A lot of the stuff they had in stock used the graphic techniques I'm familiar with -- mostly etchings. It was fun to explain to klik how a particular piece had been made. If you have a few hundred euros to spend on art, there's bound to be something there that interests you.
They also had some block prints -- like the Japanese ukiyo-e prints. As it's close to my own work, I am very interested in the technique, and I paid good attention to the pieces they had. And now I'm itching to start multi-block printing too.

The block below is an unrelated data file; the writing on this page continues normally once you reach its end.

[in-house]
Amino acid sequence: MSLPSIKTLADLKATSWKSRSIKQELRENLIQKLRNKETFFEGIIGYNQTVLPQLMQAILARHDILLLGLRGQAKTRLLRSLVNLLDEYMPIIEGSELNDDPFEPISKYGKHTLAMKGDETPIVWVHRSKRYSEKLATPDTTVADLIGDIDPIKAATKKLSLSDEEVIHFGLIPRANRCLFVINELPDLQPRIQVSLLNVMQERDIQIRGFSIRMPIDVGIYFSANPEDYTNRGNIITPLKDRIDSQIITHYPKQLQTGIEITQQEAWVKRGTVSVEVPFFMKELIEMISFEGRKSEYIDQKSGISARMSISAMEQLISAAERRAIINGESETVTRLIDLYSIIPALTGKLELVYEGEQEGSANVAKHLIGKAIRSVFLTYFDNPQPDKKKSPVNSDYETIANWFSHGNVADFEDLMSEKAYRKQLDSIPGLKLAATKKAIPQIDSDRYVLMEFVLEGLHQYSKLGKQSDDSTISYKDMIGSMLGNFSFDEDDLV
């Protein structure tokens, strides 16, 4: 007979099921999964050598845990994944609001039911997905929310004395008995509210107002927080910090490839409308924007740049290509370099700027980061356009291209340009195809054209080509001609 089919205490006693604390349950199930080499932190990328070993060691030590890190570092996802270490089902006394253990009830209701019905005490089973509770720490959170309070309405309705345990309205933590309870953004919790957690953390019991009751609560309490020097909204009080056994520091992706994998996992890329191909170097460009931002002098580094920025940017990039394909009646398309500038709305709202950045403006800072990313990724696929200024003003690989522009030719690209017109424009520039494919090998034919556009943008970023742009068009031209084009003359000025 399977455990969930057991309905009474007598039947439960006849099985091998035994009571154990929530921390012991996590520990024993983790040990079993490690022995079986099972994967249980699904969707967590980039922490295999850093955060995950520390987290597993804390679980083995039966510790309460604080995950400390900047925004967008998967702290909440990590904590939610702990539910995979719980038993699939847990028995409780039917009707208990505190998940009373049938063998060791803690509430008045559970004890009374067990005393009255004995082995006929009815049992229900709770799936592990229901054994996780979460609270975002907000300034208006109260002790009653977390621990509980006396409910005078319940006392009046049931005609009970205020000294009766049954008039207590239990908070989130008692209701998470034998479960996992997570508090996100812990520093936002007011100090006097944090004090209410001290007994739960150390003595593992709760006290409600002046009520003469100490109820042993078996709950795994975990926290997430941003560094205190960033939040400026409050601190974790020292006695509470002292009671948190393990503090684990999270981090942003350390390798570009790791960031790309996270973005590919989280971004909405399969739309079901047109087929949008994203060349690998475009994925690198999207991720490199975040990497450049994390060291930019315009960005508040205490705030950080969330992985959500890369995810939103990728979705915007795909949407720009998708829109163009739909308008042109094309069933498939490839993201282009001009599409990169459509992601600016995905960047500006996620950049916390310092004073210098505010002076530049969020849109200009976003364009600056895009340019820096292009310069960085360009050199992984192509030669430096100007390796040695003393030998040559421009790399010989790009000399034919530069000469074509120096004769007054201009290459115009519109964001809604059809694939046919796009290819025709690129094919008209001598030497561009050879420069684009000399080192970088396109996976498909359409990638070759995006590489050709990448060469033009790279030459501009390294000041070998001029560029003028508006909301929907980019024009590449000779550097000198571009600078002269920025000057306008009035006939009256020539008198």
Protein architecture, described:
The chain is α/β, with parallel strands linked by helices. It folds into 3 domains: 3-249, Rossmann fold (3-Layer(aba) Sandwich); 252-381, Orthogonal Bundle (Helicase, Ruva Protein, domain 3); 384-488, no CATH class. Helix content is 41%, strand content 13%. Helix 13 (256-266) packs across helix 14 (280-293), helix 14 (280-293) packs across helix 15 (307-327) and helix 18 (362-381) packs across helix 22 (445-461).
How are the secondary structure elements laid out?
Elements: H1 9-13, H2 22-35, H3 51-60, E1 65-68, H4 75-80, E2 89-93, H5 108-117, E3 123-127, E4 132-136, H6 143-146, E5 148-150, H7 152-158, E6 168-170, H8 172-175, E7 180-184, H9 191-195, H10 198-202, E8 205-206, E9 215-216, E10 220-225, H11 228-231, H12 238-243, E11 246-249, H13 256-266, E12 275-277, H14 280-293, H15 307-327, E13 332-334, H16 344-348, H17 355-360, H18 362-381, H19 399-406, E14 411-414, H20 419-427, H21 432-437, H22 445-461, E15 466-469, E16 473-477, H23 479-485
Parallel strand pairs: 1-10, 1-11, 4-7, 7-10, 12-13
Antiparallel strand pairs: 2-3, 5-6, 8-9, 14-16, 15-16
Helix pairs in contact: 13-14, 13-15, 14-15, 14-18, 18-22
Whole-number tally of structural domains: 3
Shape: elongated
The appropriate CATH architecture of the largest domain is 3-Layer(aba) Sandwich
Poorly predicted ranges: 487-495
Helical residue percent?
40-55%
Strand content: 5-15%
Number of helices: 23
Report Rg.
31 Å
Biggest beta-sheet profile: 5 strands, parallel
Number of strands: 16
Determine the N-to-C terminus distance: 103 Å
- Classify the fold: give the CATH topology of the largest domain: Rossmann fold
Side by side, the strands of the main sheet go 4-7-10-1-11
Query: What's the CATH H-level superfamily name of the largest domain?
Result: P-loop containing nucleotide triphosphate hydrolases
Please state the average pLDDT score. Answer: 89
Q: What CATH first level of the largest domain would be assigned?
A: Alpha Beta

So I just ordered quite a bit of stamping rubber to carve my designs out. I've checked some artist's videos on how to ensure a multi-block print is well-positioned and tight, and I'm confident I can manage. (And of course, I'll show it on here if it works out.)
Sunday, we went to Maastricht for the birthday of A. klik made him a book, and I presented him with one of my etchings: the sugar-lift etching of the five-storied pagoda. I found it hard to gauge the reactions: of course they will tell you that they like it -- but do they really like it? I wouldn't want them to feel forced to hang it on their wall if it's not their thing.
I guess every artist (and in my case, I use the term in the loosest possible sense) has this when they give something away.